The letter was signed by a bipartisan group of 33 Senators, including Senator King
Washington, D.C. – U.S. Senators Susan Collins (R-ME) and Jeanne Shaheen (D-NH) led a bipartisan letter urging President Biden to prioritize robust funding to combat per- and polyfluoroalkyl substances (PFAS) in his Fiscal Year (FY) 2023 budget request to Congress. The letter, which was co-signed by 33 Senators, including Senator Angus King (I-ME), requests funding to support agencies and programs that will help close gaps in PFAS research, protect public health and the environment from PFAS contamination, and support testing and cleanup of contaminated sites.
“PFAS chemicals have emerged as widespread contaminants affecting thousands of communities across the country, causing significant concern for those drinking contaminated water or facing significant exposures through their work or military service,” the Senators wrote. “The prevalence of PFAS combined with the adverse health impacts associated with exposure—including developmental effects, changes in liver, immune, and thyroid function and increased risk of some cancers—requires a comprehensive approach.”
“We encourage you to provide detailed funding plans for a broad range of agencies and programs in your budget request to Congress for Fiscal Year 2023 to address the scale and scope of the challenges presented by PFAS,” continued the Senators. “Specifically, we ask that your budget request include dedicated funding to close gaps in data and research to better inform responses and drive innovation. Second, we urge prioritization of regulatory work necessary to enhance protections for public health and the environment. Finally, we encourage robust funding to support ongoing testing and cleanup of existing contamination nationwide.”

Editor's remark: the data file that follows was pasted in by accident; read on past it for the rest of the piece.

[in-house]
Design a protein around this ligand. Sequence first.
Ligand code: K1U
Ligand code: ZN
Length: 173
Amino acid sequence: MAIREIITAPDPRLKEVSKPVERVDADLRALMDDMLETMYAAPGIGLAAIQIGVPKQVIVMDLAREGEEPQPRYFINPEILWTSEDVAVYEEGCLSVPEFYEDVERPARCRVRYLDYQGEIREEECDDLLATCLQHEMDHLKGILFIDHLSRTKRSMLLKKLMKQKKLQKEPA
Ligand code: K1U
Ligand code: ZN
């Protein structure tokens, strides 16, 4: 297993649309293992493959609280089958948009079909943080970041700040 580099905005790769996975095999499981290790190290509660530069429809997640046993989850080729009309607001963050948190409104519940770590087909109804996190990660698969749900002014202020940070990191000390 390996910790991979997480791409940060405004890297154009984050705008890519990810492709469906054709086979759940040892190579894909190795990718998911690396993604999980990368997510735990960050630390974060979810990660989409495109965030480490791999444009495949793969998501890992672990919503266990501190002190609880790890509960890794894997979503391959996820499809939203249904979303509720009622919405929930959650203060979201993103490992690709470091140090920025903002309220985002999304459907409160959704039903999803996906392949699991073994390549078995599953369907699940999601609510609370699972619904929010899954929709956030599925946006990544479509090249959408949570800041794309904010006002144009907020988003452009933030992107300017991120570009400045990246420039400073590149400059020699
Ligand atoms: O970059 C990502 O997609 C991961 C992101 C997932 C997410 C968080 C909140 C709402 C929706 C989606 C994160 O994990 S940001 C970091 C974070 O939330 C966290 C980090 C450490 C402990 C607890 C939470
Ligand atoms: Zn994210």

In addition to Senators Collins, Shaheen, and King, the letter was signed by Senators Tammy Baldwin (D-WI), Richard Blumenthal (D-CT), Cory Booker (D-NJ), Thomas Carper (D-DE), Chris Coons (D-DE), Catherine Cortez Masto (D-NV), Richard Durbin (D-IL), Dianne Feinstein (D-CA), Kirsten Gillibrand (D-NY), Maggie Hassan (D-NH), Martin Heinrich (D-NM), John Hickenlooper (D-CO), Mark Kelly (D-AZ), Amy Klobuchar (D-MN), Patrick Leahy (D-VT), Ben Ray Luján (D-NM), Ed Markey (D-MA), Alex Padilla (D-CA), Gary Peters (D-MI), Jack Reed (D-RI), Jacky Rosen (D-NV), Bernie Sanders (I-VT), Kyrsten Sinema (D-AZ), Tina Smith (D-MN), Debbie Stabenow (D-MI), Chris Van Hollen (D-MD), Raphael Warnock (D-GA), Elizabeth Warren (D-MA) Sheldon Whitehouse (D-RI) and Ron Wyden (D-OR).
The full letter can be read here.
Senators Collins and Shaheen lead efforts in Congress to uncover the potential health effects related to PFAS contamination, respond to chemical exposure, and remediate polluted sites. As key negotiators of the bipartisan Infrastructure Investment and Jobs Act that was signed into law, Senators Collins and Shaheen secured $10 billion to address PFAS contamination in drinking water. Last month, Senator Collins announced Maine will receive more than $68 million in federal funds from the Environmental Protection Agency (EPA) to improve the state’s drinking water and wastewater systems, including addressing PFAS and lead in water supplies.
In May 2021, Senator Collins and Representative Chellie Pingree (D-ME) sent a letter to the U.S. Environmental Protection Agency’s Council on PFAS, highlighting Maine’s extensive and unfortunate history with PFAS issues and urging the Council to work with the State of Maine on remediation. In April 2021, the Senate passed the Drinking Water and Wastewater Infrastructure Act of 2021 with an amendment co-sponsored by Senator Collins to allow states to assist more households impacted by unregulated contaminants like PFAS.
Additionally, Senator Collins joined a group of colleagues in calling on the U.S. Food and Drug Administration to set standards on PFAS found in bottled water to ensure bottled water products are safe for drinking. The Fiscal Year 2021 National Defense Authorization Act authorized additional funding for research on the health impacts of PFAS, including an adopted amendment Senator Collins co-sponsored authorizing an additional $15 million for the PFAS study being conducted by the Centers for Disease Control and Prevention.